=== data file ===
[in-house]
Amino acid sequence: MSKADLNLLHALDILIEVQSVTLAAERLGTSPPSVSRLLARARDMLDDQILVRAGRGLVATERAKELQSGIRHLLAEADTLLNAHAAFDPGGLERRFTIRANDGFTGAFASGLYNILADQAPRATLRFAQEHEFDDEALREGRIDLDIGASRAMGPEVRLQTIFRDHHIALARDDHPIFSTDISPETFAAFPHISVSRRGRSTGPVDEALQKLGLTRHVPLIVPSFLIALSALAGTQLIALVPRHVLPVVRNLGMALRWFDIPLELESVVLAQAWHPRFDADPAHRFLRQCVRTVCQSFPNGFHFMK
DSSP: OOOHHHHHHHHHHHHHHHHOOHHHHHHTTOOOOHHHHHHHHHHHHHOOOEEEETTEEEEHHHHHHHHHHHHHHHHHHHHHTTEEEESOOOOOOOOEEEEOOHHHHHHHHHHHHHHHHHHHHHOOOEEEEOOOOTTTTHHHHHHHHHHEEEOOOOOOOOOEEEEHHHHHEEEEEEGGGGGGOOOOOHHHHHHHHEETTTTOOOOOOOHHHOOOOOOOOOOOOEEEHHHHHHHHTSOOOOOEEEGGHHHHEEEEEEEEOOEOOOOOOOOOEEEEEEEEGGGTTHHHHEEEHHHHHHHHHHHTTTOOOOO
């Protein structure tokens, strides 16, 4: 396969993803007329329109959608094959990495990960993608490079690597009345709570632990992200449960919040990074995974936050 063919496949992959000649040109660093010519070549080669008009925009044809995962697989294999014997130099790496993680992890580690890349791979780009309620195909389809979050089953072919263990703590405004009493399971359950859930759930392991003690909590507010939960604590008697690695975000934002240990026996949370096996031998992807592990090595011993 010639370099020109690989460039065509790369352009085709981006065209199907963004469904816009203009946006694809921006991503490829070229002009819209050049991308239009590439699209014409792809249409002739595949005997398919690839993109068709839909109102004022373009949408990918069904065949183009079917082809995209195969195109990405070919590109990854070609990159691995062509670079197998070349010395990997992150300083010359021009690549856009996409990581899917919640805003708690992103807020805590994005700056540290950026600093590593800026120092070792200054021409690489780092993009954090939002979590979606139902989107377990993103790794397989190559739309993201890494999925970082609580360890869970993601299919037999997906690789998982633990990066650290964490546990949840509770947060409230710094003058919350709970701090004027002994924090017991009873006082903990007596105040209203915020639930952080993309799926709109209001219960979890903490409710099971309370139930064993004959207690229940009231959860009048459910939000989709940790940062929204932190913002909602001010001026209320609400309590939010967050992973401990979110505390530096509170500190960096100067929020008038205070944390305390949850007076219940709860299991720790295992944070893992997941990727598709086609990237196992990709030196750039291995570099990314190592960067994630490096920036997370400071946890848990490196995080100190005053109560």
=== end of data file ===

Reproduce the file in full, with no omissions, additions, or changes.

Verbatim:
[in-house]
Amino acid sequence: MSKADLNLLHALDILIEVQSVTLAAERLGTSPPSVSRLLARARDMLDDQILVRAGRGLVATERAKELQSGIRHLLAEADTLLNAHAAFDPGGLERRFTIRANDGFTGAFASGLYNILADQAPRATLRFAQEHEFDDEALREGRIDLDIGASRAMGPEVRLQTIFRDHHIALARDDHPIFSTDISPETFAAFPHISVSRRGRSTGPVDEALQKLGLTRHVPLIVPSFLIALSALAGTQLIALVPRHVLPVVRNLGMALRWFDIPLELESVVLAQAWHPRFDADPAHRFLRQCVRTVCQSFPNGFHFMK
DSSP: OOOHHHHHHHHHHHHHHHHOOHHHHHHTTOOOOHHHHHHHHHHHHHOOOEEEETTEEEEHHHHHHHHHHHHHHHHHHHHHTTEEEESOOOOOOOOEEEEOOHHHHHHHHHHHHHHHHHHHHHOOOEEEEOOOOTTTTHHHHHHHHHHEEEOOOOOOOOOEEEEHHHHHEEEEEEGGGGGGOOOOOHHHHHHHHEETTTTOOOOOOOHHHOOOOOOOOOOOOEEEHHHHHHHHTSOOOOOEEEGGHHHHEEEEEEEEOOEOOOOOOOOOEEEEEEEEGGGTTHHHHEEEHHHHHHHHHHHTTTOOOOO
């Protein structure tokens, strides 16, 4: 396969993803007329329109959608094959990495990960993608490079690597009345709570632990992200449960919040990074995974936050 063919496949992959000649040109660093010519070549080669008009925009044809995962697989294999014997130099790496993680992890580690890349791979780009309620195909389809979050089953072919263990703590405004009493399971359950859930759930392991003690909590507010939960604590008697690695975000934002240990026996949370096996031998992807592990090595011993 010639370099020109690989460039065509790369352009085709981006065209199907963004469904816009203009946006694809921006991503490829070229002009819209050049991308239009590439699209014409792809249409002739595949005997398919690839993109068709839909109102004022373009949408990918069904065949183009079917082809995209195969195109990405070919590109990854070609990159691995062509670079197998070349010395990997992150300083010359021009690549856009996409990581899917919640805003708690992103807020805590994005700056540290950026600093590593800026120092070792200054021409690489780092993009954090939002979590979606139902989107377990993103790794397989190559739309993201890494999925970082609580360890869970993601299919037999997906690789998982633990990066650290964490546990949840509770947060409230710094003058919350709970701090004027002994924090017991009873006082903990007596105040209203915020639930952080993309799926709109209001219960979890903490409710099971309370139930064993004959207690229940009231959860009048459910939000989709940790940062929204932190913002909602001010001026209320609400309590939010967050992973401990979110505390530096509170500190960096100067929020008038205070944390305390949850007076219940709860299991720790295992944070893992997941990727598709086609990237196992990709030196750039291995570099990314190592960067994630490096920036997370400071946890848990490196995080100190005053109560």